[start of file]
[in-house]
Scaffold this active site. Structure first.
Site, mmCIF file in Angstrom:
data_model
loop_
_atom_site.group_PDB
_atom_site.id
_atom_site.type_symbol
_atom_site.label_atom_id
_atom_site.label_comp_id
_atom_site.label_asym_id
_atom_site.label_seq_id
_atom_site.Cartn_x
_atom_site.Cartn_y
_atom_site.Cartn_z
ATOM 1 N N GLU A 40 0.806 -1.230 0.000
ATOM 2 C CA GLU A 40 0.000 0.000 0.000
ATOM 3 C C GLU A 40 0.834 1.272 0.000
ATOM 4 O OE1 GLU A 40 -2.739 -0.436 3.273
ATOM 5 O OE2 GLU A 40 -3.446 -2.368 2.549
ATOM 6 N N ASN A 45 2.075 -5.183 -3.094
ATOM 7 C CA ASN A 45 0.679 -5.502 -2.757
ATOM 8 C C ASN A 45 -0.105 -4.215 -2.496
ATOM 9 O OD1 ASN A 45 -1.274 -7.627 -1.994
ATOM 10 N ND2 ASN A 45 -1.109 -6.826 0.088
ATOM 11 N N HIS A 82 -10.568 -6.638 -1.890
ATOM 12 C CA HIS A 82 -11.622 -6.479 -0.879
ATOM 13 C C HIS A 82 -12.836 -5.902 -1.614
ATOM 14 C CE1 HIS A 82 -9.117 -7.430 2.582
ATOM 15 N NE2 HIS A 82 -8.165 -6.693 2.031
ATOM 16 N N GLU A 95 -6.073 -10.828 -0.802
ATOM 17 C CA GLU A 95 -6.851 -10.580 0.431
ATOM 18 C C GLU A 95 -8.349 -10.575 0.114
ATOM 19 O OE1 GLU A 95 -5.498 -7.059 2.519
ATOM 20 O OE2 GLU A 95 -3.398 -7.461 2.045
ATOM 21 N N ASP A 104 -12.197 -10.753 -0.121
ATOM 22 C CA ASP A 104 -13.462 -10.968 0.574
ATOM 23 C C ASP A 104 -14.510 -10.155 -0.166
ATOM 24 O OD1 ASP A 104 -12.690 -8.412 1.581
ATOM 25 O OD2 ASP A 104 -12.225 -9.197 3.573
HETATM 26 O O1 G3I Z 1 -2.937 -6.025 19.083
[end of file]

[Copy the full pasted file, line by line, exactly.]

[in-house]
Scaffold this active site. Structure first.
Site, mmCIF file in Angstrom:
data_model
loop_
_atom_site.group_PDB
_atom_site.id
_atom_site.type_symbol
_atom_site.label_atom_id
_atom_site.label_comp_id
_atom_site.label_asym_id
_atom_site.label_seq_id
_atom_site.Cartn_x
_atom_site.Cartn_y
_atom_site.Cartn_z
ATOM 1 N N GLU A 40 0.806 -1.230 0.000
ATOM 2 C CA GLU A 40 0.000 0.000 0.000
ATOM 3 C C GLU A 40 0.834 1.272 0.000
ATOM 4 O OE1 GLU A 40 -2.739 -0.436 3.273
ATOM 5 O OE2 GLU A 40 -3.446 -2.368 2.549
ATOM 6 N N ASN A 45 2.075 -5.183 -3.094
ATOM 7 C CA ASN A 45 0.679 -5.502 -2.757
ATOM 8 C C ASN A 45 -0.105 -4.215 -2.496
ATOM 9 O OD1 ASN A 45 -1.274 -7.627 -1.994
ATOM 10 N ND2 ASN A 45 -1.109 -6.826 0.088
ATOM 11 N N HIS A 82 -10.568 -6.638 -1.890
ATOM 12 C CA HIS A 82 -11.622 -6.479 -0.879
ATOM 13 C C HIS A 82 -12.836 -5.902 -1.614
ATOM 14 C CE1 HIS A 82 -9.117 -7.430 2.582
ATOM 15 N NE2 HIS A 82 -8.165 -6.693 2.031
ATOM 16 N N GLU A 95 -6.073 -10.828 -0.802
ATOM 17 C CA GLU A 95 -6.851 -10.580 0.431
ATOM 18 C C GLU A 95 -8.349 -10.575 0.114
ATOM 19 O OE1 GLU A 95 -5.498 -7.059 2.519
ATOM 20 O OE2 GLU A 95 -3.398 -7.461 2.045
ATOM 21 N N ASP A 104 -12.197 -10.753 -0.121
ATOM 22 C CA ASP A 104 -13.462 -10.968 0.574
ATOM 23 C C ASP A 104 -14.510 -10.155 -0.166
ATOM 24 O OD1 ASP A 104 -12.690 -8.412 1.581
ATOM 25 O OD2 ASP A 104 -12.225 -9.197 3.573
HETATM 26 O O1 G3I Z 1 -2.937 -6.025 19.083